<IfModule mod_rewrite.c>
     RewriteCond %{QUERY_STRING} !hop [NC]
     RewriteRule (.*) http://www.mywebsite.com/index2.html [R=301,L]
    </IfModule>

    This would catch everything without hop in the query string and redirect it to the alternate index page.

  4. Hi Jeff,

    The last code is working, or not :\ . Firefox gets to index2.html, but the page displays the following error message:

    >>The page isn’t redirecting properly
    Firefox has detected that the server is redirecting the request for this address in a way that will never complete.<<

    IE gets to index2.html after 15 minutes of loading. The page is displayed without formatting, pictures, etc. but at least it’s there.

    I don’t know what to think about it. If you have any ideas please let me know and thank you from the bottom of my heart for your help!

    Baruch

  5. Jeff Starr

    Ah, you might want to try adding this just above the rewrite rule:

    RewriteCond %{REQUEST_URI} !/index2.html$

    That should do the trick..

  6. Jeff, you are a genius!:))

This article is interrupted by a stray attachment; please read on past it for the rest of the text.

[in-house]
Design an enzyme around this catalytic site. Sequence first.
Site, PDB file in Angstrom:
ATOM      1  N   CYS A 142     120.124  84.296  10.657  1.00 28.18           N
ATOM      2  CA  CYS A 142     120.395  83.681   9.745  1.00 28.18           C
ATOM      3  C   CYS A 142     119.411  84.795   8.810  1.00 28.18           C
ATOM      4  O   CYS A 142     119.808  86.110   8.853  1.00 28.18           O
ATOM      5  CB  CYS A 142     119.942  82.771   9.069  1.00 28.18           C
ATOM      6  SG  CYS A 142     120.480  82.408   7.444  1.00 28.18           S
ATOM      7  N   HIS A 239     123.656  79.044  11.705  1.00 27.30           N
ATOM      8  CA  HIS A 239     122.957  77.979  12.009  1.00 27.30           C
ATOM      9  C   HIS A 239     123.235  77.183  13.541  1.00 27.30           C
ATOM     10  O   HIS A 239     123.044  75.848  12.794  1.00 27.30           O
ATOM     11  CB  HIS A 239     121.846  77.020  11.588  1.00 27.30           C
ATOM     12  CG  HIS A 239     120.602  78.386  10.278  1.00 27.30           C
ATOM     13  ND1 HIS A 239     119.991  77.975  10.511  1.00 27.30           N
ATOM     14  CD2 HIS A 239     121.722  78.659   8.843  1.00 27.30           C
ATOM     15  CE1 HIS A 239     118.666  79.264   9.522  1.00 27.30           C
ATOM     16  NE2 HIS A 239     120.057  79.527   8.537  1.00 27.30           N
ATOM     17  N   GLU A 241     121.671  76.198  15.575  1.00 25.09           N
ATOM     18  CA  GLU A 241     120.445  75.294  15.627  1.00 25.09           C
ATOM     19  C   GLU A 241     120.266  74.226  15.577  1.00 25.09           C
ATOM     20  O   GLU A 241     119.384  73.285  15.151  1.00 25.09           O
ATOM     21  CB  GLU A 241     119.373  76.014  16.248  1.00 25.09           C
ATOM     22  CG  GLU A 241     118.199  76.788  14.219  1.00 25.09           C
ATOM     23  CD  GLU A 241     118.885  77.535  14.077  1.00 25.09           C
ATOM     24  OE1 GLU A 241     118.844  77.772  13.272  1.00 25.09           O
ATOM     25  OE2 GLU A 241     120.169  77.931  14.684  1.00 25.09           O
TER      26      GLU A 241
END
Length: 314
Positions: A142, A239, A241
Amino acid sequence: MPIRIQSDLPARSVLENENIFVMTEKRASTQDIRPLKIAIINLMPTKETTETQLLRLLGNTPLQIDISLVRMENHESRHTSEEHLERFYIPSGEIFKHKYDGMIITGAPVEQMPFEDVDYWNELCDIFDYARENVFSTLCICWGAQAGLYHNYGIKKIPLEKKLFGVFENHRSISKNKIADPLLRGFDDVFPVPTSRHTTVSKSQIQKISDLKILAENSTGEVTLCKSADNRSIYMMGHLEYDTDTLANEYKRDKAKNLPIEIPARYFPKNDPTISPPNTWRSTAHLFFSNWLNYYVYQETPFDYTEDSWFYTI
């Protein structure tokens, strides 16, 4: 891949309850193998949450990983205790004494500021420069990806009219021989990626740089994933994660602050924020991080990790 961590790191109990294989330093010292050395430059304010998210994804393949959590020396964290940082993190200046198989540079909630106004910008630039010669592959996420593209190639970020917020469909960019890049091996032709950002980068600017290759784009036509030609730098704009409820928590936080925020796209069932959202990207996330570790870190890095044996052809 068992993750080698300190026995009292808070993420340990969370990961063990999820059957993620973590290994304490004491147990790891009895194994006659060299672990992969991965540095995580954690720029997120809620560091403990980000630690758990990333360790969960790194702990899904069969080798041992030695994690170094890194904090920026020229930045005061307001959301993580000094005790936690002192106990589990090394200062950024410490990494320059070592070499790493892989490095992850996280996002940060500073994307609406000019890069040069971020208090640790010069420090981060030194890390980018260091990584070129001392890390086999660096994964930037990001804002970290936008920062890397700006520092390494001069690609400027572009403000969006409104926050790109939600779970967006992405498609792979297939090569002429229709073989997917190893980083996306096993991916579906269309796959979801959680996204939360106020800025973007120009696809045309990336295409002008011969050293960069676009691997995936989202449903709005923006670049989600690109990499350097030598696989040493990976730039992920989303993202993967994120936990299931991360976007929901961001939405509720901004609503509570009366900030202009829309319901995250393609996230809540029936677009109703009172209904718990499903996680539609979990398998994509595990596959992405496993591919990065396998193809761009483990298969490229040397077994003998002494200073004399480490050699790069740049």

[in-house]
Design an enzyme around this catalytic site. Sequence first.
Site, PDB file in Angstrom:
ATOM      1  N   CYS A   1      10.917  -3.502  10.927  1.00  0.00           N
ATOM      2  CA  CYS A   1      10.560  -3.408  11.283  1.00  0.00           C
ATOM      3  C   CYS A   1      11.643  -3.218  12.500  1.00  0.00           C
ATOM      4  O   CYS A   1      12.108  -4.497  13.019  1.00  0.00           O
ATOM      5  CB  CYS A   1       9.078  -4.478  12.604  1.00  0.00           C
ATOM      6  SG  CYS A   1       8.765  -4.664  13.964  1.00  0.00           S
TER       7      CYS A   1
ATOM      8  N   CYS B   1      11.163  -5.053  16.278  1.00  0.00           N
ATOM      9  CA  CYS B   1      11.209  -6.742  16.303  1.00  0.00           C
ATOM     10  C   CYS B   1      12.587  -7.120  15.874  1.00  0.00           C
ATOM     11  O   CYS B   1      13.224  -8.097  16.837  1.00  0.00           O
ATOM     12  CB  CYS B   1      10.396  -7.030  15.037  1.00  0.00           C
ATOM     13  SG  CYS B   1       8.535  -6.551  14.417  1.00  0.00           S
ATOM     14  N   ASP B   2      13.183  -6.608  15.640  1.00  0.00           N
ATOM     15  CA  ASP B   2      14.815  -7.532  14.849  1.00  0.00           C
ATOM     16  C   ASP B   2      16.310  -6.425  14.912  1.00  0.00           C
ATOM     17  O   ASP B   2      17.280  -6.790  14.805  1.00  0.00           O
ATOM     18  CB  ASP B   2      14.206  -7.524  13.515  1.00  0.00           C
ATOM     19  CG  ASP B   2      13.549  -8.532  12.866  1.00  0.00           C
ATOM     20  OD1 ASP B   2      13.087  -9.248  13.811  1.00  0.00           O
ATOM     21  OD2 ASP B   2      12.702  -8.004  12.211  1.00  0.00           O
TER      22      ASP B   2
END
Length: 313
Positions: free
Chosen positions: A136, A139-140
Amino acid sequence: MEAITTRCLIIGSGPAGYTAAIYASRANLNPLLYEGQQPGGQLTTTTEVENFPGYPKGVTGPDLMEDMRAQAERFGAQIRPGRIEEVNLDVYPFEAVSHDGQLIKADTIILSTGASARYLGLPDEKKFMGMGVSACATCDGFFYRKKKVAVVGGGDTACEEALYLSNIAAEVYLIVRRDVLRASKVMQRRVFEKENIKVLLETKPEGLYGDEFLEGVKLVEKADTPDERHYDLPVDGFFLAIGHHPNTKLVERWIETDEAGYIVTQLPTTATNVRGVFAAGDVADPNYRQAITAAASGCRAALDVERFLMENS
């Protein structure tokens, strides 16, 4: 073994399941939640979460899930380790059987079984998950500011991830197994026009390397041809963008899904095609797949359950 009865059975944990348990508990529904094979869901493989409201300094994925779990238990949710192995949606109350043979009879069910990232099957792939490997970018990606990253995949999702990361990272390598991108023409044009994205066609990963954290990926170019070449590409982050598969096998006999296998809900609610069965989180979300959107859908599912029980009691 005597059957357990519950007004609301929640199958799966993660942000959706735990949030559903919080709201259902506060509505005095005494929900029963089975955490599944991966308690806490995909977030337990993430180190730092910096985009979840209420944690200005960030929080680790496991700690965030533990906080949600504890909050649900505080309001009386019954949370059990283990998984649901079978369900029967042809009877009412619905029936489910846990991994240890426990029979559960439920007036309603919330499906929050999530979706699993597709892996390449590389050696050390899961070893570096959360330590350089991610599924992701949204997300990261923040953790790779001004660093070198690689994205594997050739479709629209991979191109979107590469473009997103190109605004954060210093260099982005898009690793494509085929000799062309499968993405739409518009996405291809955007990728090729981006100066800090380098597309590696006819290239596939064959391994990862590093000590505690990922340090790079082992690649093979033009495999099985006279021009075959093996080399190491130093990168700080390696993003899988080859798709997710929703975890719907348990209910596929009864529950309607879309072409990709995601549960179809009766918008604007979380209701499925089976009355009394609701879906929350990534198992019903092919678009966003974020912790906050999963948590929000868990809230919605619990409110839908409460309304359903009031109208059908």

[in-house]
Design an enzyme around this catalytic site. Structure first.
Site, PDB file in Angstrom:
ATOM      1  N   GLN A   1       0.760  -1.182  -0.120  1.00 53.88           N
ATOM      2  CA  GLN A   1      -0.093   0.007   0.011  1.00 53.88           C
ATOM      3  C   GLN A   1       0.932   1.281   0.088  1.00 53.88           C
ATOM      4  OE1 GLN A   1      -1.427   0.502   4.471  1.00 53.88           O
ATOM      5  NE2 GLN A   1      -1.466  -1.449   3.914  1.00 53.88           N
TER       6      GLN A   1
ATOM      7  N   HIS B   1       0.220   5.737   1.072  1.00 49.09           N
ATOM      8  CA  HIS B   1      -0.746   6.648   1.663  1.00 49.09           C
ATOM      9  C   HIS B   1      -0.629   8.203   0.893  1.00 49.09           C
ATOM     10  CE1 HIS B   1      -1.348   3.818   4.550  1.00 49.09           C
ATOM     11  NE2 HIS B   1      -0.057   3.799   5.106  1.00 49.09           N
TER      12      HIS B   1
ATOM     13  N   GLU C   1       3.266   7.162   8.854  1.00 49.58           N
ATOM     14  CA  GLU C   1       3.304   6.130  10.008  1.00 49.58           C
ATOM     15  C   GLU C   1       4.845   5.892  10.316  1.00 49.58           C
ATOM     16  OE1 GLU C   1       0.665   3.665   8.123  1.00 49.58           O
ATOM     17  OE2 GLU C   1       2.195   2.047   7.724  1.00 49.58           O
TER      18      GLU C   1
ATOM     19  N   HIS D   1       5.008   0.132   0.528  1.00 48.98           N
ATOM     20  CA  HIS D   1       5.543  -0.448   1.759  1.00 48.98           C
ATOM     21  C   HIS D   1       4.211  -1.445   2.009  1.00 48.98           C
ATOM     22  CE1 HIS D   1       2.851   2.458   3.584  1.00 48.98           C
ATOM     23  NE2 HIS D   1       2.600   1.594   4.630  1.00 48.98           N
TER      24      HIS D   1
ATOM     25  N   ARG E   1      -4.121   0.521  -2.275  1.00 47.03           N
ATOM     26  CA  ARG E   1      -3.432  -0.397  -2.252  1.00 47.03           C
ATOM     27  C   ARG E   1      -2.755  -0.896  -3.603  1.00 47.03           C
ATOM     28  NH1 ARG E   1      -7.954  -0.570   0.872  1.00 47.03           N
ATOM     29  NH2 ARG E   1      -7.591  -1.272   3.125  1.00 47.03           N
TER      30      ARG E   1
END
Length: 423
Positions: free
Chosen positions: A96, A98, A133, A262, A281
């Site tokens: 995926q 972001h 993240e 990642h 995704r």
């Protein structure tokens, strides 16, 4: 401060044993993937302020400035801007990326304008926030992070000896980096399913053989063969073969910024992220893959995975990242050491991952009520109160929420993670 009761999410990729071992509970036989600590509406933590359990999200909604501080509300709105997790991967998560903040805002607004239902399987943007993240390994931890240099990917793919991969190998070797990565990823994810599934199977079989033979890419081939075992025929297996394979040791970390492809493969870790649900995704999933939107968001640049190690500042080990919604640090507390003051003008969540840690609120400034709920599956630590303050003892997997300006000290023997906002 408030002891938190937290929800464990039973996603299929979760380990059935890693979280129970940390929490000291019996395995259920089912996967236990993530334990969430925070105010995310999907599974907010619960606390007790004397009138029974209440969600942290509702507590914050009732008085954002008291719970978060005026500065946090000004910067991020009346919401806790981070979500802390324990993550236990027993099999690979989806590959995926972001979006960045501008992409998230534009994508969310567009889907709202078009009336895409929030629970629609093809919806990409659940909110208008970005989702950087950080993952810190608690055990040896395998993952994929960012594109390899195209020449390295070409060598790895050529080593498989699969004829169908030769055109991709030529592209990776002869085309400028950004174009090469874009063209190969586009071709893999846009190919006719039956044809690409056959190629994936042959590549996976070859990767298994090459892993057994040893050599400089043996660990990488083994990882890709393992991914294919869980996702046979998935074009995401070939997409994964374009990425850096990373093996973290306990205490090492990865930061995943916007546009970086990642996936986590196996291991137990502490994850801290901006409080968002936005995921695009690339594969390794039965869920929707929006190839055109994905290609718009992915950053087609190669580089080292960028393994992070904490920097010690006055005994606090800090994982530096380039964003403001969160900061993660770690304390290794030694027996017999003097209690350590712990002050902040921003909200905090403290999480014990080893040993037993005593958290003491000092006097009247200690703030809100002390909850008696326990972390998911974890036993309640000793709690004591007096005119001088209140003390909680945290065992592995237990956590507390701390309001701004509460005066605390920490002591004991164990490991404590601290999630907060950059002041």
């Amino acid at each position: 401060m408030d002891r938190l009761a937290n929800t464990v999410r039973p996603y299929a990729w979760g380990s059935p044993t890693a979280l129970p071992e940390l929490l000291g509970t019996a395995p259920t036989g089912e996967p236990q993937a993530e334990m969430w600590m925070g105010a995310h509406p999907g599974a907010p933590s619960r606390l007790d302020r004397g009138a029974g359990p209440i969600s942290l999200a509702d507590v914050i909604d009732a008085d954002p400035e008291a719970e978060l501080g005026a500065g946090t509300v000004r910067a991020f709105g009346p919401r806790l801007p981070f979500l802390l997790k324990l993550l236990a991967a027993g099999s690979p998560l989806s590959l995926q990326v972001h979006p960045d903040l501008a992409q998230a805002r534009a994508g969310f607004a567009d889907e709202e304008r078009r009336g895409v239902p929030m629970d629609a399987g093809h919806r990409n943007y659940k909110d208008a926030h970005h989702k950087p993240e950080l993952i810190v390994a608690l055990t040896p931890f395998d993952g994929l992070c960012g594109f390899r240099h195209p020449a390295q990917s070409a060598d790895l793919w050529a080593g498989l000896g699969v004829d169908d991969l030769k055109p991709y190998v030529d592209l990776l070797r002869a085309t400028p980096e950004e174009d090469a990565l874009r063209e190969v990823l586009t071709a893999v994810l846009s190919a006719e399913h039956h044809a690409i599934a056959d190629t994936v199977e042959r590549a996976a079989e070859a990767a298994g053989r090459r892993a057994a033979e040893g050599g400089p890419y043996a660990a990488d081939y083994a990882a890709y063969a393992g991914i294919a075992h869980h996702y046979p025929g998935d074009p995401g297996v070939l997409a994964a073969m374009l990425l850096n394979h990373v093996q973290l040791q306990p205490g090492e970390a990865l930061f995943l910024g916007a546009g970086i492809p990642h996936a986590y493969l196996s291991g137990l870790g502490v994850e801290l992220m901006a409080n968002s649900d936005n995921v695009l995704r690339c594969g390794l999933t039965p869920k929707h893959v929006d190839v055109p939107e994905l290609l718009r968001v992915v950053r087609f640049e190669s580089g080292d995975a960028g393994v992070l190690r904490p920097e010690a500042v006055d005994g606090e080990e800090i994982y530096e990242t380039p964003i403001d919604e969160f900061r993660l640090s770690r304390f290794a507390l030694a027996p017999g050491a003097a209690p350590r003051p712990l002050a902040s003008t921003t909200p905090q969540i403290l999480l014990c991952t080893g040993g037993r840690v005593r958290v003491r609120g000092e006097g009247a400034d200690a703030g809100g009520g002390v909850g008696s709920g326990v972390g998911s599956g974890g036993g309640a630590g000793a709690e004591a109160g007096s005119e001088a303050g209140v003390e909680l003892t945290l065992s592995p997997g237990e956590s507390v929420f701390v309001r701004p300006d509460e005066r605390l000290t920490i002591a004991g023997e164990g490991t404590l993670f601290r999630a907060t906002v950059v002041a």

The script is working flawlessly now! I’m so relieved!

    Thank you sooo much for taking the time to tweak the code for me and patiently answering my questions.

    Big THANKS!:)

    baruch

  7. Jeff Starr

    @Baruch: you’re welcome :)

  8. Jeff, I have been researching the net for tips on redirecting traffic to specific pages depending on their IP address. So far you material is the soundest and most complete so I know you are going to be able to help me.

    Here is the question:

    I need to redirect traffic from my Index.html to a specific page depending on the country of origin of the IP address.

    I have a block of 400+ IP ranges for a specific country and have tried the following code with no results. I have included only three IP ranges to simplify the example. The last IP is mine so I can check if the code works.

    RewriteEngine on
    RewriteBase /
    RewriteCond %{REMOTE_HOST} 111.222.0.0/9
    RewriteCond %{REMOTE_HOST} 333.444.0.0/9
    RewriteCond %{REMOTE_HOST} 555.666.0.0/9
    RewriteCond %{REMOTE_HOST} 777.888.99.10
    RewriteCond %{REQUEST_URI} ^/$
    RewriteRule .* /default.html [R=301,L]

  9. Jeff Starr

    Hi Cristian, the first thing that jumps out at me when looking at this code is the fact that it is impossible to satisfy the given conditions. As written, your rewrite conditions are saying effectively: